SubComdTaco passes along news of researchers in the US who have trapped a rainbow in a tapering waveguide. The research is described (PDF) on the arXiv. "In 2007, Ortwin Hess of the University of Surrey in Guildford, UK, and colleagues proposed a technique to trap light inside a tapering waveguide [made of metamaterials]... The idea is that as the waveguide tapers, the components of the light are made to stop in turn at ever narrower points. That's because any given component of the light cannot pass through an opening that's smaller than its wavelength. This leads to a 'trapped rainbow.' ... Now Vera Smolyaninova of Towson University in Baltimore, Maryland, and colleagues have used a convex lens to create the tapered waveguide and trap a rainbow of light. They coated one side of a 4.5-mm-diameter lens with a gold film..., and laid the lens — gold-side down — on a flat glass slide which was also coated with film of gold. Viewed side-on, the space between the curved lens and the flat slide was a layer of air that narrowed to zero thickness where the lens touched the slide — essentially a tapered waveguide. When they shone a multi-wavelength laser beam at the... gilded waveguide, a trapped rainbow formed inside. This could be seen as a series of colored rings when the lens was viewed from above with a microscope: the visible light leaked through the thin gold film."

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Microsoft Advice Against Nehalem Xeons Snuffed Out
Posted by News Fetcher on November 28 '09 at 11:45 AM
By Soulskill from Slashdot's keep-that-under-your-hat deptartment:
Eukariote writes "In an article outlining hidden strife in the processor world, Andreas Stiller has reported the scoop that Microsoft advised against the use of Intel Nehalem Xeon (Core i7/i5) processors under Windows Server 2008 R2, but was pressured by Intel to refrain from publishing this advisory. The issue concerns a bug causing spurious interrupts that locks up the Hypervisor of Server 2008. Though there is a hotfix, it is unattractive as it disables power savings and turbo boost states. (The original German-language version of the article is also available.)"

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Herschel Spectroscopy of Future Supernova
Posted by News Fetcher on November 28 '09 at 10:00 AM
By Soulskill from Slashdot's that's-a-big-star deptartment:
davecl writes "ESA's Herschel Space Telescope has released its first spectroscopic results. These include observations of VYCMa, a star 50 times as massive as the sun and soon to become a supernova, as well a nearby galaxy, more distant colliding starburst galaxies and a comet in our own solar system. The spectra show more lines than have ever been seen in these objects in the far-infrared and will allow astronomers to work out the detailed chemistry and physics behind star and planet formation as well as the last stages of stellar evolution before VYCMa's eventual collapse into a supernova. More coverage is available at the Herschel Mission Blog, which I run."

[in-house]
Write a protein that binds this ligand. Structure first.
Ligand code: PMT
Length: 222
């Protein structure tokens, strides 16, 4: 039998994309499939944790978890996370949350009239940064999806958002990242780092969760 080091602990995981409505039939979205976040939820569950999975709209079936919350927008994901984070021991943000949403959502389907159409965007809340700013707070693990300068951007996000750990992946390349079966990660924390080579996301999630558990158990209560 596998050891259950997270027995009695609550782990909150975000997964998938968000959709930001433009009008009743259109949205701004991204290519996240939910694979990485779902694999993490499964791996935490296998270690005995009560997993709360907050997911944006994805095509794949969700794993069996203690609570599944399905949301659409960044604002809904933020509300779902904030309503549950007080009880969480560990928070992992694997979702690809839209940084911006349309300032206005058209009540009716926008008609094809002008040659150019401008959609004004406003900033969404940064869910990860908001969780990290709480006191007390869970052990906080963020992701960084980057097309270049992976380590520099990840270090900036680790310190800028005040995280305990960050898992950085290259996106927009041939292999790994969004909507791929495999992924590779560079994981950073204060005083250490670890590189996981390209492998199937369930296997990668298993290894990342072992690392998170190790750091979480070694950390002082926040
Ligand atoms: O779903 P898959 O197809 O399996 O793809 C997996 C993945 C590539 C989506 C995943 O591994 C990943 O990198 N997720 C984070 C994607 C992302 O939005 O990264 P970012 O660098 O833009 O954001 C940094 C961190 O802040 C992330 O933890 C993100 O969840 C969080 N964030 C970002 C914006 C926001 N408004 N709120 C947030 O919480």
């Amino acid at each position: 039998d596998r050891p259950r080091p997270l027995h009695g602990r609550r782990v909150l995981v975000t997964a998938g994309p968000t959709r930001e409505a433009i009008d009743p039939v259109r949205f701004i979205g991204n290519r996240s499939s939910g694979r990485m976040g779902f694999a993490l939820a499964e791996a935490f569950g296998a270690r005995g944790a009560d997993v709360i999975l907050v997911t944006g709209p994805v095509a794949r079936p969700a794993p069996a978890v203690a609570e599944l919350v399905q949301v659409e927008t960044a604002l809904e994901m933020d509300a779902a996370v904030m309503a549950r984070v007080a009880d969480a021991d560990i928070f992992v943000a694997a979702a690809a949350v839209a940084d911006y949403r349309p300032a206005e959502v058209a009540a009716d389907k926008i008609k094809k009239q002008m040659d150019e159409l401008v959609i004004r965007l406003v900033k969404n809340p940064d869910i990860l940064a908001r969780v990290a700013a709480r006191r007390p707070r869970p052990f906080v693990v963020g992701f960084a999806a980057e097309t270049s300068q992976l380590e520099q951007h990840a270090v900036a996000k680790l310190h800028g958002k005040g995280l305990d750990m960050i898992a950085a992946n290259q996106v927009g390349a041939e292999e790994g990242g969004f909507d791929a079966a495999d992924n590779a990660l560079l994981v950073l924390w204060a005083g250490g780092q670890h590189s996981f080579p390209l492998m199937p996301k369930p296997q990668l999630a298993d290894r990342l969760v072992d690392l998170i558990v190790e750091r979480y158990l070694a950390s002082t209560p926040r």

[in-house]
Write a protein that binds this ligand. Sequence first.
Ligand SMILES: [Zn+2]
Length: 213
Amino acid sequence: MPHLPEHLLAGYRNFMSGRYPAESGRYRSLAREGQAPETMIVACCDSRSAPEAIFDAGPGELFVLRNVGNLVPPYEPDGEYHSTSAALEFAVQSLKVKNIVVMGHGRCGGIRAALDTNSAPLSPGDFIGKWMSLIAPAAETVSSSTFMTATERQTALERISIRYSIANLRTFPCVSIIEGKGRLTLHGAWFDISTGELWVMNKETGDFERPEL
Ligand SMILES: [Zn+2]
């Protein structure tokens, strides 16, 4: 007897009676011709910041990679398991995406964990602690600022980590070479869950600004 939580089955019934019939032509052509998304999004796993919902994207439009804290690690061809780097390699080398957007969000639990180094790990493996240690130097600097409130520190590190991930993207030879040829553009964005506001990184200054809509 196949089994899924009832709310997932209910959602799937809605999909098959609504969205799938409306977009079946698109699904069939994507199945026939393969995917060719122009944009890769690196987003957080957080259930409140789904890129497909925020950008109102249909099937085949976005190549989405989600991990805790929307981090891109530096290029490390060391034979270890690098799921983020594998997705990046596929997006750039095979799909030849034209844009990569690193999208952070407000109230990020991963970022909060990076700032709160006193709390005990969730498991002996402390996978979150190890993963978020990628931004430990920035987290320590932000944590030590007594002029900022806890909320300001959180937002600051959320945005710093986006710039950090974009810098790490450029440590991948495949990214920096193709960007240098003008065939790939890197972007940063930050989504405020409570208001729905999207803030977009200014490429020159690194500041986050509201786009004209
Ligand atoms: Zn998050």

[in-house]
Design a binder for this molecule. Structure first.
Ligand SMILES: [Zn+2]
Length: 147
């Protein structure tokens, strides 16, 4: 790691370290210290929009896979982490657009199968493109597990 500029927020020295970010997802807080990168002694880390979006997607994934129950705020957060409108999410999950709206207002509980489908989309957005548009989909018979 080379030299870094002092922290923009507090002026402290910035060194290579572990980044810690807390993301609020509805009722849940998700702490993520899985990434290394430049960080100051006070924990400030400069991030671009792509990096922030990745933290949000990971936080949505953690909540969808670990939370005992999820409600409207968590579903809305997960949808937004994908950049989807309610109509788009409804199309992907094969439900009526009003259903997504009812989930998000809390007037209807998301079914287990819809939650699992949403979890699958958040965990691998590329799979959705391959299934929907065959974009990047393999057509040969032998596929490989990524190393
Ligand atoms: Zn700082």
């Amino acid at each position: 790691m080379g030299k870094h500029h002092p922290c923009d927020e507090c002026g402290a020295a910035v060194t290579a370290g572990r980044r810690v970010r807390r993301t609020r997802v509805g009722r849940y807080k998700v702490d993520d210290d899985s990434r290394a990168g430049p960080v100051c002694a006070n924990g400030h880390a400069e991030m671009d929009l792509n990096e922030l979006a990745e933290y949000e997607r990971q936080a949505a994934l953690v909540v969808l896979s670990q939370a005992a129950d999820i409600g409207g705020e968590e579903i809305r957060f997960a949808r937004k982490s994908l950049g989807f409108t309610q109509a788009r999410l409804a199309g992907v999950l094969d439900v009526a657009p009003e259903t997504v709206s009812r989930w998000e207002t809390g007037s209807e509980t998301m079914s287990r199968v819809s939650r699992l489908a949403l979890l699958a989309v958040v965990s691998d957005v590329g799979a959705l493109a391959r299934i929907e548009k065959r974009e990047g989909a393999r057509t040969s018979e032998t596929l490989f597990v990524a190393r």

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What the iPod Tells Us About the World Economy
Posted by News Fetcher on November 28 '09 at 09:30 AM
By Soulskill from Slashdot's we-look-for-things-that-make-us-go deptartment:
Hugh Pickens writes "Edmund Conway has an interesting article in the Telegraph where he analyzes where the money goes when you buy a complex electronic device marked 'Made in China,' and why a developed economy doesn't need a trade surplus in order to survive. For his example, Conway chooses a 30GB video iPod 'manufactured' in China in 2006. Each iPod, sold in the US for $299, provides China with an export value of about $150, but as it turns out, Chinese producers really only 'earned' around $4 on each unit. 'China, you see, is really just the place where most of the other components that go inside the iPod are shipped and assembled.' Conway says that when you work out the overall US balance of payments, it shows that most of the cash for high tech inventions has flowed back to the United States as a direct result of the intellectual property companies own in their products. 'While the iPod is manufactured offshore and has a global roster of suppliers, the greatest benefits from this innovation go to Apple, an American company, with predominantly American employees and stockholders who reap the benefits,' writes Conway. 'As long as the US market remains dynamic, with innovative firms and risk-taking entrepreneurs, global innovation should continue to create value for American investors and well-paid jobs for knowledge workers. But if those companies get complacent or lose focus, there are plenty of foreign competitors ready to take their places.'"